Survive The Potential Of Terrorism

survive terrorism

Survive Terrorism

by Richard Bogath

survive terrorismStanding on a crowded subway platform, you notice someone drop a black backpack on the ground and then quickly move away from it, dialing his cell phone.

Standing at a bus stop outside of a local busy police station, it comes to your attention that the white sedan across the street has been watching the front door of the station for ten minutes…with binoculars.

Shopping at your local Super-Mart, an individual has been talking out loud to himself, asking for forgiveness for and from something unseen. They continuously pick up and put down a hatchet in the camping section of the store.

In our busy, ever-distracted day to day existence of being “plugged in” and “tuned out”, do we really see what transpires around us? In the three examples above, would you have been one of those attentive enough to notice what was going on and that it was in any way out of the ordinary?

The unfortunate reality of the modern day potential of a terrorist attack serves the average person with only two choices to survive terrorism – to be prepared for an attack or to be a victim of one. While we cannot laden the responsibility of preparedness on each and every innocent victim by stating that they should have in any way “seen it coming”, we can, however, become more able to recognize potential signs of possible targets. Recognizing these signs will help keep us aware and more alert and even allow us to make better choices when we select our routes of travel and places to linger. It’s sometimes impossible to avoid people and no one is suggesting that you do so, but our level of attentiveness is the key to recognizing the potential for a terrorist threat.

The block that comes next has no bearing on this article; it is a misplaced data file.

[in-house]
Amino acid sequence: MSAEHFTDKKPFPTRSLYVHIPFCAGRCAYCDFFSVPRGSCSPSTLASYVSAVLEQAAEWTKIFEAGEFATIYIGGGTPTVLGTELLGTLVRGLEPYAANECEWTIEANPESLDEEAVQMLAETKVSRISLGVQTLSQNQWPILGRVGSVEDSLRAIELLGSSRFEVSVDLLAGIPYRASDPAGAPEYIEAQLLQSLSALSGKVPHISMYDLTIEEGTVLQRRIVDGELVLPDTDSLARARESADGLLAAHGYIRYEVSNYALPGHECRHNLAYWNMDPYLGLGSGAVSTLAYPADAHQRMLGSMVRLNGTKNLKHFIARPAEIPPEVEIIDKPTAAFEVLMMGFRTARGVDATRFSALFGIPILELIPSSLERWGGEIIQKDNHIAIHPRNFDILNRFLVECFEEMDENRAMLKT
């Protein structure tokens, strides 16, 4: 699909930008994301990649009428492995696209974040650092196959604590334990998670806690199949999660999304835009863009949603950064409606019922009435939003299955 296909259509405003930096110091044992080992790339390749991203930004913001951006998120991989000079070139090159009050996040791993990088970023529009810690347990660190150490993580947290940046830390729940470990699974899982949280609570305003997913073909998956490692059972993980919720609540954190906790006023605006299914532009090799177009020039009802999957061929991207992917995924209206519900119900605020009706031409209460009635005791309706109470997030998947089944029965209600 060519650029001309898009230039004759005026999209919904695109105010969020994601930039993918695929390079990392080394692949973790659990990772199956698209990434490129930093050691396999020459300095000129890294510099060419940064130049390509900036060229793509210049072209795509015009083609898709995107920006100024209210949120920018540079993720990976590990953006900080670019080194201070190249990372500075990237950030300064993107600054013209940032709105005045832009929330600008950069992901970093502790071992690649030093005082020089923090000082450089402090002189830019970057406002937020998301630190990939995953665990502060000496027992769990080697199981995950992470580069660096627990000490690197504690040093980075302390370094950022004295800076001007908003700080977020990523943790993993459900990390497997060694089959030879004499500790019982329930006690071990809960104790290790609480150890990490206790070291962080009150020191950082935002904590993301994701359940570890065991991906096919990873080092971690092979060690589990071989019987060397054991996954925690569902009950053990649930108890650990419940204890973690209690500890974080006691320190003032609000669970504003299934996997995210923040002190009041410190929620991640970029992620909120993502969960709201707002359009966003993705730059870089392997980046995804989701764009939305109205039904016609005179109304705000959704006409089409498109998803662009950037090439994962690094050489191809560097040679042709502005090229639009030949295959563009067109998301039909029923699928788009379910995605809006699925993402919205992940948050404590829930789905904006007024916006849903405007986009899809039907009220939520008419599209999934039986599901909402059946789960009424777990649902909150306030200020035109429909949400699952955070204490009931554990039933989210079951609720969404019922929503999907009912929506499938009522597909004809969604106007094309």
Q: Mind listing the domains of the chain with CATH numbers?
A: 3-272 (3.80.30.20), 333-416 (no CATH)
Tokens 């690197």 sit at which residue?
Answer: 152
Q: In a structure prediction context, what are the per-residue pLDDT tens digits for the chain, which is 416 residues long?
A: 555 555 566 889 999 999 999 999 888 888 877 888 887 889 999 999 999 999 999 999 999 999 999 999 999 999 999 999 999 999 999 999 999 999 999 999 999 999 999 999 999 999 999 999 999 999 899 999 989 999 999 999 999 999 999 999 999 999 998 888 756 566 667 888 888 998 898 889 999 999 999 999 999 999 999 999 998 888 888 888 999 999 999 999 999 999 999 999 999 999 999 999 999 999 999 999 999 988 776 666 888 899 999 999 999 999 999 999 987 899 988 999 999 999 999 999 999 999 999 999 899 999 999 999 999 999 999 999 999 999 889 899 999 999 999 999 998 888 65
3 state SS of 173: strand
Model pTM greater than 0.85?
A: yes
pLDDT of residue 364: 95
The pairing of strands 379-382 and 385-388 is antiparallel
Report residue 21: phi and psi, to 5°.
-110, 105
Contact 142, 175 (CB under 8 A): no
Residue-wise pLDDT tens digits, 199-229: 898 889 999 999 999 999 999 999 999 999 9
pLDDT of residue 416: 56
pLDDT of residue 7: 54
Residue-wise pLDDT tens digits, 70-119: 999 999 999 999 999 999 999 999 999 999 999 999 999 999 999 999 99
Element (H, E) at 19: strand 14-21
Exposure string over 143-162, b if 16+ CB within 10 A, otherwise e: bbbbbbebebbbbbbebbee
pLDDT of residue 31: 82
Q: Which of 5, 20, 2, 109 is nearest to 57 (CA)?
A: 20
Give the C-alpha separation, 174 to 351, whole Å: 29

It’s important to be mindful of the fact that terrorist attacks do not have to come only from middle-eastern men screaming “Allaju Akbar” while wielding an AK-47. Terrorism can just as easily be “home grown” and is just as influential to disturbed locals as it can be from radical states thousands of miles away.

So how do you stay alert to a potential target of a terrorist attack? How do you survive terrorism?

Isn’t it a lot of work to stay paranoid and take note of all that transpires around you? Sure. Ever hear the term “Better safe than sorry”? I would prefer to take a thirty-second glance of my surroundings—giving them my full and undistracted attention to identify anything that may look “iffy” to me. Just maybe a little something that’s out of place. I’m not looking for terrorists, mind you, as there are far more qualified people out there to hopefully accomplish that task. What I am looking for is what might be attractive to a terrorist or what might be so out of place that it sets me on edge.

It’s not hard to take notice of something that is dramatically wrong with a location. The abandoned backpack, a grungy car appearing one day and parked in the same place for days on end, someone acting erratically—all of these are cause to take notice but at the same time, none of them are absolute signs of terrorist activity. The point is—did you take notice.

Someone is taking photographs of a particular building. We’ve all done it and it can be completely harmless but at the same time—are different people photographing the same side of the same building day after day? Do you find it strange that there always seems to be someone out there taking a pic when the streets in front of the building are packed with commuters, or theater visitors, or schoolchildren?